I’ve read a few times now that the play is an indictment of the baby boomer generation — that’s one reading. I think it would be more correct to say that the play dramatizes the origins and grounds of conflict between the boomers and Generation X. It gives the slight advantage or sympathy to Generation X in the end, but it’s not like the Xers in this script come off especially positively, either. I know that reading it, I found reflections in the script of things that family members and I have actually said to each other (although my parents just missed out on being boomers and are nothing like Kenneth and Sandra and I am just a little older than Jamie and Rose) and things that I hear in the generational conflict around me all the time. Again, being purposely vague, I found myself getting really angry when I heard things from Kenneth’s mouth that I occasionally heard from my parents. At the same time, seeing myself in the position of Rose in Act Three was eerie — looking at a potential reflection of my own frustrations with the age I live in simultaneously from inside and outside was, to put it mildly, unsettling. She articulates questions and problems that I wonder about myself but the outsider perspective is crucial for evaluating whether one agrees. One thing that is interesting to think about with regard to the generational investment in this play is that although presumably Armitage will be playing Kenneth (or so we hope), he himself is a member of Jamie and Rose’s generation, almost exactly, and he has a life path with significant similarities to Rose’s. That may make him a more empathetic (cough) Kenneth, although of the two parents, Kenneth is definitely the more likeable (more about this in a second, as it points to a problem in the play for me).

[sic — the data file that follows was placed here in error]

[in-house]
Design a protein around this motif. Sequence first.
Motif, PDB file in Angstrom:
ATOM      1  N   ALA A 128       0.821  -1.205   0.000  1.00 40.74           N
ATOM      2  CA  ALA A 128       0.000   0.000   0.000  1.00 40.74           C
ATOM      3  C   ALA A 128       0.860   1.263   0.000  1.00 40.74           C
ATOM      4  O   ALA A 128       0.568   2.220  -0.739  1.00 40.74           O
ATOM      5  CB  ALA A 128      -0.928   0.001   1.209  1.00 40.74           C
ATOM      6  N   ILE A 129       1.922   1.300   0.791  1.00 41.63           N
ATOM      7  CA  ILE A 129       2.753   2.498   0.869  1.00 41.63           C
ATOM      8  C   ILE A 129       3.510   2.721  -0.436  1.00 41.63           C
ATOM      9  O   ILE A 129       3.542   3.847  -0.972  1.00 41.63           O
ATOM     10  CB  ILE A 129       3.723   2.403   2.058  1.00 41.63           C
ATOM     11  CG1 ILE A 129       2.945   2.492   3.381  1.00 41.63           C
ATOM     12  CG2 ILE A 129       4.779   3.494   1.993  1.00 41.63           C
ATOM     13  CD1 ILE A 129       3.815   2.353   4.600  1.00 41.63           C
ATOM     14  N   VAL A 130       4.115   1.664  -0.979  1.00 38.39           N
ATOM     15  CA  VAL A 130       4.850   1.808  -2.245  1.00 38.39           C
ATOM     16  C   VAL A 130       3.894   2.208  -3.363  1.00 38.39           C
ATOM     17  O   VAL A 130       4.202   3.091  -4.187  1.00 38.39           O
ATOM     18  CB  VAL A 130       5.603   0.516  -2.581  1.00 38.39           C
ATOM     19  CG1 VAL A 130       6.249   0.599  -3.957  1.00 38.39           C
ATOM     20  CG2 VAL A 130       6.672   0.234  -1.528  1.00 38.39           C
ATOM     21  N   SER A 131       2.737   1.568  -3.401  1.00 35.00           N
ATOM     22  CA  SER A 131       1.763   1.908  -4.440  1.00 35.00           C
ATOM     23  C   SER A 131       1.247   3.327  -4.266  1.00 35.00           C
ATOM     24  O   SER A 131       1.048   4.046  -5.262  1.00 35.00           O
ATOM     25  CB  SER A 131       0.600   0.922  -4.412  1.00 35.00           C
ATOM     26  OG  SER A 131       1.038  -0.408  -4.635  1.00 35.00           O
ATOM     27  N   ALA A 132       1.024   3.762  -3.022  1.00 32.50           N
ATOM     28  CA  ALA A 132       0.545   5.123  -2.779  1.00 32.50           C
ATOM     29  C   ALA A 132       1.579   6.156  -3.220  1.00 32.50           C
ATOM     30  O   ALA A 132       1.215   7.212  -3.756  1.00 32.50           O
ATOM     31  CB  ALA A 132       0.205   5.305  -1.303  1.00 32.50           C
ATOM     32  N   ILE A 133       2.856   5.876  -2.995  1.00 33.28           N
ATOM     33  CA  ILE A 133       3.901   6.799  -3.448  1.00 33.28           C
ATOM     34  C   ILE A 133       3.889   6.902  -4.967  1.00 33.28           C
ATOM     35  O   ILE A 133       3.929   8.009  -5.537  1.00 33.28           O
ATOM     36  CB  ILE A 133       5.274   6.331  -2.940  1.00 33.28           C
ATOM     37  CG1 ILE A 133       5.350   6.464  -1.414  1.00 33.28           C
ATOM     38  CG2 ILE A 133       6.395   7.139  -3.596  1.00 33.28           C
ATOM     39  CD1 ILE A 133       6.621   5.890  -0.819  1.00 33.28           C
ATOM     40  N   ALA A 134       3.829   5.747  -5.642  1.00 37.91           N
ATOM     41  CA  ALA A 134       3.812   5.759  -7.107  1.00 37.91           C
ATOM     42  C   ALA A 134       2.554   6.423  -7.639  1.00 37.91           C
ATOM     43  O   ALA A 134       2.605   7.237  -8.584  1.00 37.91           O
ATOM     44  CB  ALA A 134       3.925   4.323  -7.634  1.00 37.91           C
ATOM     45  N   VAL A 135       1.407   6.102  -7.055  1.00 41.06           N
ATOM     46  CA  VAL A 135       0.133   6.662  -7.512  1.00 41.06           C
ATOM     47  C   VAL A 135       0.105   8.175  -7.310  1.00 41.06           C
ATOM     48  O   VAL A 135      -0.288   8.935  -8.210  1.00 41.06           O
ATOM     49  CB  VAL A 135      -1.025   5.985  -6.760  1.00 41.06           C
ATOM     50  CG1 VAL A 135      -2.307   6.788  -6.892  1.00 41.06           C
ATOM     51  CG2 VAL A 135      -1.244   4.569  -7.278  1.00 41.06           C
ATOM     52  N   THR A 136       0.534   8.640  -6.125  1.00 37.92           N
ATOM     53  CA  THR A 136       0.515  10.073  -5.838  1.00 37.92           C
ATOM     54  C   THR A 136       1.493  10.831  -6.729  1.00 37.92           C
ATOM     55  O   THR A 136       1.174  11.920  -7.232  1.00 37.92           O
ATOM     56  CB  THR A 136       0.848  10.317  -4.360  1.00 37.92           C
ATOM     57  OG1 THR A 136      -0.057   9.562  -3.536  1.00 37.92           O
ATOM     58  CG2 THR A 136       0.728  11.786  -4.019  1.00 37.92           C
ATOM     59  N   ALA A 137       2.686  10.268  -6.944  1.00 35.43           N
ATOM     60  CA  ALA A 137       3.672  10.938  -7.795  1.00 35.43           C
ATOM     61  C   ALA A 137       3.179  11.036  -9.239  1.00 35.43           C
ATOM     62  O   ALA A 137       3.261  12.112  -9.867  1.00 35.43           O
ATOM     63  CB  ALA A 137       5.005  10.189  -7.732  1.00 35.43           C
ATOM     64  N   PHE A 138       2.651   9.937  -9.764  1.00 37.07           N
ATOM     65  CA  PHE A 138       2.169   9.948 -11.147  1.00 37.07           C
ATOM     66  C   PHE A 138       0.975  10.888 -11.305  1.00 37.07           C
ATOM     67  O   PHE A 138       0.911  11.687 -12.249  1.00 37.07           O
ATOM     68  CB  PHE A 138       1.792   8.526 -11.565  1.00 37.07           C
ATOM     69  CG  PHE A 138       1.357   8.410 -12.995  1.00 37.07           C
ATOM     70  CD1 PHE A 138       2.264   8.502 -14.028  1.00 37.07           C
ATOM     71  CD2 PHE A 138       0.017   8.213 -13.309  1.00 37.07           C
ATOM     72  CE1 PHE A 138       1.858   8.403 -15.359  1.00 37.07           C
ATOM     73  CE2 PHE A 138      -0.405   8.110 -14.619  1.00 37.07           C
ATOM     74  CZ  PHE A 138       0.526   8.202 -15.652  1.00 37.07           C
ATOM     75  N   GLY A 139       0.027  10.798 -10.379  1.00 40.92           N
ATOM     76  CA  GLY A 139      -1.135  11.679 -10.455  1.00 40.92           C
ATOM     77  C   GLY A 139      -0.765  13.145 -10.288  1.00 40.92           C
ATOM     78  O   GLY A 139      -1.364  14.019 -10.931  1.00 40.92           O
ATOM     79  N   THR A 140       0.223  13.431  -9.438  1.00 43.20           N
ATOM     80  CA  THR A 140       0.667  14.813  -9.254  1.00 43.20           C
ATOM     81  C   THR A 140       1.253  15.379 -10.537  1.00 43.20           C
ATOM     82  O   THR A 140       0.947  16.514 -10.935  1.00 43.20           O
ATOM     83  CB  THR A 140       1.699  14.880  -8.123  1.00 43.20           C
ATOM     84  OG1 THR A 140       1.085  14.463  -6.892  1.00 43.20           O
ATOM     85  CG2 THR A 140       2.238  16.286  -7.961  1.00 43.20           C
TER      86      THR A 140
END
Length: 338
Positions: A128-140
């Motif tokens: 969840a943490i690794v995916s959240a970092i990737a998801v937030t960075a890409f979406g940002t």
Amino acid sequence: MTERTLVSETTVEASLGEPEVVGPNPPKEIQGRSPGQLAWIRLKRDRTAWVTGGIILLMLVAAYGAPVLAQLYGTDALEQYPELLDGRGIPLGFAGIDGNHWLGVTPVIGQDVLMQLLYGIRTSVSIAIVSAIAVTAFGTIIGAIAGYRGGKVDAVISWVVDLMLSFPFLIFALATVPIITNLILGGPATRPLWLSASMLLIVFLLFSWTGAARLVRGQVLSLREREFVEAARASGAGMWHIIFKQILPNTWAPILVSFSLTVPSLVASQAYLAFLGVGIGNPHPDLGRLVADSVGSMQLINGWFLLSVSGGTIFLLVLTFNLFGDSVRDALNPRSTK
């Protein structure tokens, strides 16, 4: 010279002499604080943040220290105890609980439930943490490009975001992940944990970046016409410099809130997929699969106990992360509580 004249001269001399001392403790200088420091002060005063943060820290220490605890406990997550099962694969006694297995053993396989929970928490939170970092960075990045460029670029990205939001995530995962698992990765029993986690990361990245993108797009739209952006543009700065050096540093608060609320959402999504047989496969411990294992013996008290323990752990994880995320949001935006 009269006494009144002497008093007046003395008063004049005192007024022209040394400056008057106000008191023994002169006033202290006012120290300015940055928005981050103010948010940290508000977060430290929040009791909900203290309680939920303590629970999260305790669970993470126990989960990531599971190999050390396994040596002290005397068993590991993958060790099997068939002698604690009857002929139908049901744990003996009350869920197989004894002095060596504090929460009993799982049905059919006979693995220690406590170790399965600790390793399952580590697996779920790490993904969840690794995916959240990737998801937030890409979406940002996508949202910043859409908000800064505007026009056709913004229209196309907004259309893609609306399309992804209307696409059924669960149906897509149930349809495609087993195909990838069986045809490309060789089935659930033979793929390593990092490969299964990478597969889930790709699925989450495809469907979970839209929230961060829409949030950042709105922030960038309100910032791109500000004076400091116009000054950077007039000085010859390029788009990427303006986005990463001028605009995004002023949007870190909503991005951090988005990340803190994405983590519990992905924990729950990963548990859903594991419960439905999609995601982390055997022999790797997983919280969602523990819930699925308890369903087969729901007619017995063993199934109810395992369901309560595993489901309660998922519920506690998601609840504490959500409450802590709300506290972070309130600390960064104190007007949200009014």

Act Two is particularly enthralling. On the one hand, I can’t imagine that an actual British family would ever behave in this way (so, important potential perspectival point — what seems over the top to a British reader and thus comedic or parodic seems slightly less so to me, and thus more cynical). As the dialogue accelerates, I pressed my fist into my mouth and clenched my shoulders. Again, I don’t know how they will play this, but there is potentially here for a solid twenty minutes of a rapt audience that just can’t take their eyes off the stage. But we will also laugh because this act is just so — incredible, in the sense that the dialogue simultaneously forces the action in a particular direction, even as it seems impossible people would say these things to each other. For once, I am going to agree with Armitage, or rather, I would say, the reader can accept the “elegant absurdity” precisely because the “attack” is so “dynamic.” It doesn’t leave the reader (in this case) with any room at all to breathe.